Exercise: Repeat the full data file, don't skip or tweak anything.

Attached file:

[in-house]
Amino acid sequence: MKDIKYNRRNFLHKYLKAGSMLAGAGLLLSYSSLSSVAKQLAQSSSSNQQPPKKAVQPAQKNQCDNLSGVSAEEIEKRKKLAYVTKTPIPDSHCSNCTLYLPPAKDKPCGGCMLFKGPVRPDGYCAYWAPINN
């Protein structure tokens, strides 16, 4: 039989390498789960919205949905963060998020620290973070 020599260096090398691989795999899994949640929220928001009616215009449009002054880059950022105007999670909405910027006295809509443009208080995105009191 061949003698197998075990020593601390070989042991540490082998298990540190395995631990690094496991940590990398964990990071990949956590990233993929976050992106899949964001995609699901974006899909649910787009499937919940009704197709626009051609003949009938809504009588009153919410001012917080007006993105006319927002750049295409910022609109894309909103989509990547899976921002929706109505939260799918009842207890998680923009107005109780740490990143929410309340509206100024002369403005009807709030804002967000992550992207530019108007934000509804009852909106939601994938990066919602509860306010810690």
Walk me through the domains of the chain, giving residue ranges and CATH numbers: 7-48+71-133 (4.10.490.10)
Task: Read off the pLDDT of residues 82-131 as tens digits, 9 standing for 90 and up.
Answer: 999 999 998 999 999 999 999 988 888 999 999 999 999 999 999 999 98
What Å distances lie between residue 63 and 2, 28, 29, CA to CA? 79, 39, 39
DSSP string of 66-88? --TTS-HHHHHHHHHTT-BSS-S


[in-house]
Amino acid sequence: MKDIKYNRRNFLHKYLKAGSMLAGAGLLLSYSSLSSVAKQLAQSSSSNQQPPKKAVQPAQKNQCDNLSGVSAEEIEKRKKLAYVTKTPIPDSHCSNCTLYLPPAKDKPCGGCMLFKGPVRPDGYCAYWAPINN
């Protein structure tokens, strides 16, 4: 039989390498789960919205949905963060998020620290973070 020599260096090398691989795999899994949640929220928001009616215009449009002054880059950022105007999670909405910027006295809509443009208080995105009191 061949003698197998075990020593601390070989042991540490082998298990540190395995631990690094496991940590990398964990990071990949956590990233993929976050992106899949964001995609699901974006899909649910787009499937919940009704197709626009051609003949009938809504009588009153919410001012917080007006993105006319927002750049295409910022609109894309909103989509990547899976921002929706109505939260799918009842207890998680923009107005109780740490990143929410309340509206100024002369403005009807709030804002967000992550992207530019108007934000509804009852909106939601994938990066919602509860306010810690």
Walk me through the domains of the chain, giving residue ranges and CATH numbers: 7-48+71-133 (4.10.490.10)
Task: Read off the pLDDT of residues 82-131 as tens digits, 9 standing for 90 and up.
Answer: 999 999 998 999 999 999 999 988 888 999 999 999 999 999 999 999 98
What Å distances lie between residue 63 and 2, 28, 29, CA to CA? 79, 39, 39
DSSP string of 66-88? --TTS-HHHHHHHHHTT-BSS-S